“She said, ‘No, we’re not taking him off life support until God tells me to do that.’ ”

Bear went from the emergency room at Sharon Regional to Allegheny General in Pittsburgh, where he eventually was moved from the intensive care unit to a step-down unit. It was there, Pat said, that the Shimracks received their first hint of encouragement.

“After a couple of weeks, he started opening his eyes,” she said, “just little slits, but it was a little bit of hope. I’ll take that.”

Sometime later, the Shimracks believed that Bear had nodded to them as they entered his room. “There was even a little smile,” Pat said. “Red was dancing.”

“They told us it was probably just some kind of reaction,” Red added. “Well, you can take it for what you think; we’re calling it encouraging.”

Bear suffered a setback of sorts when an infection in one of his legs forced the limb to be amputated at the knee. Still, he eventually began to breathe on his own and was taken off the ventilator, while kidneys that doctors said would never function again went back to work, and dialysis was ended.

“That was the first miracle,” Pat recalled, “because it opened more doors as far as nursing homes that would take him. Not everybody would take someone who had a ‘trake’ and was on dialysis.”


Ultimately transferred from Allegheny General to a nursing home, Bear continued to show signs of progress until Nov. 22, when he greeted his startled parents as they walked into his room. Demonstrating long-term memory, a robust sense of humor and his old healthy appetite, he continues to amaze all who know his story.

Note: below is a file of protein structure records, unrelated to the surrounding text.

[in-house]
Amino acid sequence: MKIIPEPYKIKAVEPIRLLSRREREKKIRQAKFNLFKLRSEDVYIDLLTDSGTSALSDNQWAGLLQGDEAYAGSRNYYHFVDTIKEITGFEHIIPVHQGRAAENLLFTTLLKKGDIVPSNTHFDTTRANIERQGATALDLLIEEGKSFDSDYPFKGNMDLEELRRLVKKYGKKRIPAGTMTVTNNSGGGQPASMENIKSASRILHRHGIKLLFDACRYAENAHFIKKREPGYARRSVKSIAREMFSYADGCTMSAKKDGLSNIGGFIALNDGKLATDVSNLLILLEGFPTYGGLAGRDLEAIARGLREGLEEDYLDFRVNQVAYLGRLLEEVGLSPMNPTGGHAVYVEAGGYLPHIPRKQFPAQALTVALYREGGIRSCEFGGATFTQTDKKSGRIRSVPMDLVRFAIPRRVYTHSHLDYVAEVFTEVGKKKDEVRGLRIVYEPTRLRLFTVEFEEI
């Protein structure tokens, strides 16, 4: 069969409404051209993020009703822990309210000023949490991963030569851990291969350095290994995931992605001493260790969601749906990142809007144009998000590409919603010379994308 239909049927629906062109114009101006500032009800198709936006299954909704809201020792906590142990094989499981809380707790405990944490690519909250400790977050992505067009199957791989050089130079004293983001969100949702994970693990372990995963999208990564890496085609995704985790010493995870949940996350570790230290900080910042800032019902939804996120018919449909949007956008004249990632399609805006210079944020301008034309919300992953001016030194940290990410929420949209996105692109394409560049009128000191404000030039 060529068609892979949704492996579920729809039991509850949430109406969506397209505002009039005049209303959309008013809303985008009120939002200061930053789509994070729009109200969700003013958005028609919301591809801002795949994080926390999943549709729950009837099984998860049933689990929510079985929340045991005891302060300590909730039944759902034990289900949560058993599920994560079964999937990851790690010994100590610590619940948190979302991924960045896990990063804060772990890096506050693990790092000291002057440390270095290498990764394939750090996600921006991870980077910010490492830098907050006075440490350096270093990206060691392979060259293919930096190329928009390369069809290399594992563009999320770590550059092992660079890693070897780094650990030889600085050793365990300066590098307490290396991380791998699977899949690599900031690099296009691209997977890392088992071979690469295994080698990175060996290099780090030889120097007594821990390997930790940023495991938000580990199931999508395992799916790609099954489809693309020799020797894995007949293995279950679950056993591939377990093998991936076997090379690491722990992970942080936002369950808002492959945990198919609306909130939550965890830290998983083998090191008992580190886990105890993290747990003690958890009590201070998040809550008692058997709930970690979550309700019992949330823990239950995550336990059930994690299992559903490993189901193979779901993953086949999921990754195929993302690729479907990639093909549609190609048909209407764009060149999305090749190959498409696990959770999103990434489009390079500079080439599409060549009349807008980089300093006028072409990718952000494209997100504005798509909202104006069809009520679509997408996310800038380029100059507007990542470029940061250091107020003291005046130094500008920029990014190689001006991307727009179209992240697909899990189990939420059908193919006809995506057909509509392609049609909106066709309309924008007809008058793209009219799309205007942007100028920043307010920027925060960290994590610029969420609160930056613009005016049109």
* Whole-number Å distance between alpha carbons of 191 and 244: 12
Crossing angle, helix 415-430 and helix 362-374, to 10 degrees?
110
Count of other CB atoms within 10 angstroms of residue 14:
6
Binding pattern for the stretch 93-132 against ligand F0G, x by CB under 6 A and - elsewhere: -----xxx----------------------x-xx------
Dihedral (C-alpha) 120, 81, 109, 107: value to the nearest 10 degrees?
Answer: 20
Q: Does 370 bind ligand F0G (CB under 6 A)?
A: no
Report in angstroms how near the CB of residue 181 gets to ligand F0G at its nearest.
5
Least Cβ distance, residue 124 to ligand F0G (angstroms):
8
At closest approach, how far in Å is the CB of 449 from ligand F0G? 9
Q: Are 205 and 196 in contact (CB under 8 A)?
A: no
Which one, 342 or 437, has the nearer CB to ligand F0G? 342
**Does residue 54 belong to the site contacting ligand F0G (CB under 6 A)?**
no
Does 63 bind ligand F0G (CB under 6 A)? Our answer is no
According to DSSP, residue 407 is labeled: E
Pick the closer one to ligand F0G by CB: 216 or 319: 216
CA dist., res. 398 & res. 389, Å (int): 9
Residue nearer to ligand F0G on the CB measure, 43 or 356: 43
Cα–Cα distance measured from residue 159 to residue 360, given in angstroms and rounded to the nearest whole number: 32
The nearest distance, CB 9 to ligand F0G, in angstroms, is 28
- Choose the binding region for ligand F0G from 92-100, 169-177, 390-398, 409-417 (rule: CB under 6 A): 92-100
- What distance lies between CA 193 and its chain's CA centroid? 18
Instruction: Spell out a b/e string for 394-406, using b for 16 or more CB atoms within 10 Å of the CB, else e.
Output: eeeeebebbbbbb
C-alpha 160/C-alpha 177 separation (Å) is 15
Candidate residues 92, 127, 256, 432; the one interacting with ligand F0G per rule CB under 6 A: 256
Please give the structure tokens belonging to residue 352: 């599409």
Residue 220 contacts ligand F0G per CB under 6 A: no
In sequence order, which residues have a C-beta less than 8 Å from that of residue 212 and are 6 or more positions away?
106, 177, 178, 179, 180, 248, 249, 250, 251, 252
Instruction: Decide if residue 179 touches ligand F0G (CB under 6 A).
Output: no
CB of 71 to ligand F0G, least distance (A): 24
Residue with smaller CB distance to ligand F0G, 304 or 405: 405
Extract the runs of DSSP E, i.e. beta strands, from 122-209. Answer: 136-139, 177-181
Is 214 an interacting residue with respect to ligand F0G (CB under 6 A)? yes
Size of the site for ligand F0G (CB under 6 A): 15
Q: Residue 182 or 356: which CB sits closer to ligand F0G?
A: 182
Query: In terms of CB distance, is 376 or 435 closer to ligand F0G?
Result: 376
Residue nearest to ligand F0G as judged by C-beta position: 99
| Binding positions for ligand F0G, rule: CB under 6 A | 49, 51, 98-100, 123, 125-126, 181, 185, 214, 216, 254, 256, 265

Both Shimracks give the credit to God. Pat shows a Bible literally held together with duct tape after her constant forays into it, as well as two books — “Moments of Peace from the Psalms” by Baker Publishing Group and Max Lucado’s “God Will Carry You Through” — that bolstered her faith.

Moreover, the couple has come to accept that their ordeal might be the best thing that could have happened to their son.

“When I would pray, I would say to God, ‘He needs smacked up alongside the head,’ ” Pat recalled. “ ‘Do anything you have to do to get him off these drugs.’ ”

“I believe this was God’s way of helping him, and helping us,” Red added. “If this hadn’t happened to Bear, I feel he’d either be dead on the streets or in prison.

“We asked Randy, ‘Are you through now?’ He said, ‘I don’t believe what these drugs did to me.’ I told him, ‘Someday, you may be able to tell that to some athletes and teenagers,’ and he said that he’d like to do that; to talk to teenagers and football players, show them his leg, and tell them not to take the road that he took.”

In the meantime, the Shimracks aren’t going to keep quiet, either. They’re eager to share with anyone who might want to hear their testimony.

“It’s a true miracle,” Red said. “I’m a warrior for that now. I’m glad to tell everybody, ‘My son had a miracle from God.’

“Prayer works; it really works. If you’re ever in that kind of a situation, NEVER stop praying.”